School hosts annual diversity conference


Printed with permission of Harvard-Westlake DEI Office

Students sit on the stage of the Saperstein Theater before speaking on a panel in front of school PODS.

Davis Marks

Representatives in a school POD discuss diversity, equity and inclusion following the keynote presentation. (Printed with permission of Harvard-Westlake DEI Office)

The school hosted the annual Pollyanna Conference, where 230 representatives from 19 schools came together to discuss diversity, equity and inclusion, on the Middle School campus Saturday.

The Pollyanna Conference is a partnership between the school and Pollyanna Inc., a national nonprofit that collaborates with institutions on diversity, equity and inclusion work. The partnership began with the school reaching out to Pollyanna Inc., and after realizing they had mutual goals, hosting groups of school representatives called PODS from 19 primarily independent schools for the past five years.

Middle School Dean and Middle School Diversity, Equity and Inclusion Coordinator Jon Carroll, who worked with Director of Diversity, Equity and Inclusion and Associate Director of Admission Janine Jones to organize the event, said he views hosting the conference as an affirmation of the school’s dedication to diversity, equity and inclusion.

“I think it is important that HW hosts Pollyanna every year because it is a demonstration of our commitment to the work of Diversity, Equity and Inclusion in our community,” Carroll said. “It is a unique space to really lean into these conversations, reflect on where we are and strategize about where we want to go while also offering our peer schools the same opportunity.”

This year’s conference marks a return to in-person conferences, as last year’s conference was held online because of concerns with bringing outside guests onto campus due to COVID-19. However, as COVID-19 conditions improved, the school decided to bring the representatives onto campus for the conference.

Leader of the Black Leadership, Awareness and Culture Club Eghosasere Asemota ’22 attended the conference and said it was valuable to talk with other students about how school communities can improve their diversity, equity, and inclusion work.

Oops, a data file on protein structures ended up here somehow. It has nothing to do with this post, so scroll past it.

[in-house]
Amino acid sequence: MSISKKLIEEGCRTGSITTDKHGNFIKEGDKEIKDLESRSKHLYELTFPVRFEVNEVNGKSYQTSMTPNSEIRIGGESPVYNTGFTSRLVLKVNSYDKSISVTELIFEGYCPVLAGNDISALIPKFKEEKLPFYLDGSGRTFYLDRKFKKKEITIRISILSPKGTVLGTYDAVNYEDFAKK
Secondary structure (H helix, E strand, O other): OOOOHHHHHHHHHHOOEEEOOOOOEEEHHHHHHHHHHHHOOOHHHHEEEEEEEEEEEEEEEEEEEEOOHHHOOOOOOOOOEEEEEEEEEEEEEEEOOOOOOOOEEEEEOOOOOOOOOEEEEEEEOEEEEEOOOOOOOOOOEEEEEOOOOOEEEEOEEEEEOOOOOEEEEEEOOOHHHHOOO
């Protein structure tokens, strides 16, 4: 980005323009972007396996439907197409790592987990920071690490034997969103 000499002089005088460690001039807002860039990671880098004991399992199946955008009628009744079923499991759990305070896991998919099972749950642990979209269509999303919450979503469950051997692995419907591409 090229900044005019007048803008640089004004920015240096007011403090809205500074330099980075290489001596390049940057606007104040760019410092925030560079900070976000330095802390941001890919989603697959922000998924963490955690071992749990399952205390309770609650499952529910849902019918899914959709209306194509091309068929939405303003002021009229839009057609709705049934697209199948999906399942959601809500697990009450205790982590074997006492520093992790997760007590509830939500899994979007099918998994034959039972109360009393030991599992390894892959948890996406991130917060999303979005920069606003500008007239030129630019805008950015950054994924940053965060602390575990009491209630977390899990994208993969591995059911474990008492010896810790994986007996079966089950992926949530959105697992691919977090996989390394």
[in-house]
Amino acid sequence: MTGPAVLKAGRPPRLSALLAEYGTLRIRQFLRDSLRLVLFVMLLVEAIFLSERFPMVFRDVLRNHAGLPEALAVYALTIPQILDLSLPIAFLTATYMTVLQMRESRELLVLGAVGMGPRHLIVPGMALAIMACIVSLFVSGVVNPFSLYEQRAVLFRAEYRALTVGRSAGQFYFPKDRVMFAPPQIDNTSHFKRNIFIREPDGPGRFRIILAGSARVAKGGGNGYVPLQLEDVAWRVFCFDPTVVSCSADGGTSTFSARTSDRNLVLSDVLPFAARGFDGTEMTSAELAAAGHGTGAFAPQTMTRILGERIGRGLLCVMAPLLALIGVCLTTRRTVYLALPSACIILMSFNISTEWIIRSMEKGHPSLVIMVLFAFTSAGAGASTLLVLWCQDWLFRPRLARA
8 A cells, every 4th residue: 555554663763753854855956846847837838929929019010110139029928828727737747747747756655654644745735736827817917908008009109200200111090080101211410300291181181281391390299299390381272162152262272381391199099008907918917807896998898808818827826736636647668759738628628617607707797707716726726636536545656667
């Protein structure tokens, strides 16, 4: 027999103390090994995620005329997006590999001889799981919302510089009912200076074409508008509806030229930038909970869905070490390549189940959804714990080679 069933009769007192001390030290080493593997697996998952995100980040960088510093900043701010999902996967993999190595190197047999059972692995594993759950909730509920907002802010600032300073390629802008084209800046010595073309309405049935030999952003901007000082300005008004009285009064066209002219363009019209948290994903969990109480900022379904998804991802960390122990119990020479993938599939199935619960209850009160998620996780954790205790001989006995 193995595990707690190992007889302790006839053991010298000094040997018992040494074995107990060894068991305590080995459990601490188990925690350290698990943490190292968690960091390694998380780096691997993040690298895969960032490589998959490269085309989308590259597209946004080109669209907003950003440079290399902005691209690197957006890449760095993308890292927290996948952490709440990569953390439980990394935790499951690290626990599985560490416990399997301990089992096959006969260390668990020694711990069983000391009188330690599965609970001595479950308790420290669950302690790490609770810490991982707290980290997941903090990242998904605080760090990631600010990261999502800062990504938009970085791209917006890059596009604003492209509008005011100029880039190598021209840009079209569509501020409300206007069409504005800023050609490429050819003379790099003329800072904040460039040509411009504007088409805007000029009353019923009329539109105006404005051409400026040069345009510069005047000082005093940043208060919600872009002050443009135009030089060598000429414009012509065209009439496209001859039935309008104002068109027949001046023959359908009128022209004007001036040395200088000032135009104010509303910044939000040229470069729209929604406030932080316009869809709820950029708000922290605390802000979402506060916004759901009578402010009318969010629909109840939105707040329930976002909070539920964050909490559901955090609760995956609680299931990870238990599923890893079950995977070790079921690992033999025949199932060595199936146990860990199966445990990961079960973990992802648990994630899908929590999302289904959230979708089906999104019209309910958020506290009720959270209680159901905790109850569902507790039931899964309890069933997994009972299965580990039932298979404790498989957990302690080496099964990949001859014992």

“The Pollyanna Conference to me was a great opportunity to talk with other students from diverse backgrounds that also attend private schools,” Asemota said. “It was also a great opportunity as a community to get the necessary tools to re-evaluate our school and the way us students are supported and how we have conversations surrounding DEI work. I was really inspired to hear so many other perspectives from other students and how other school communities have been resilient throughout these hard times.”

The theme of this year’s conference was “Reimagining Resiliency with Resolve.” With this theme in mind, PODS explored the expectations that exist around people recovering from difficulties and challenges they face and discussed what their communities would look like if they used determination as a tool to help those in their community. The conference also featured a keynote address from Indigenous rights activist Lyla June who combined traditional lecture with spoken word poetry and singing aspects to leave the school representatives thinking about a variety of ideas to take back to their respective communities.

Christina Rios, Director of Diversity, Equity and Inclusion & Curriculum at Laurence School, one of the attending schools, said the school hosting the Pollyanna Conference has allowed Laurence to grow and strengthen their diversity, equity and inclusion work.

“Attending the Pollyanna Conference over the past four years has been influential in the development and growth of Laurence’s Diversity, Equity and Inclusion programs,” Rios said. “The speakers, discussion topics and opportunity for collaboration with Los Angeles’ independent school community have played an integral role in our DEI journey as individuals and as a school.”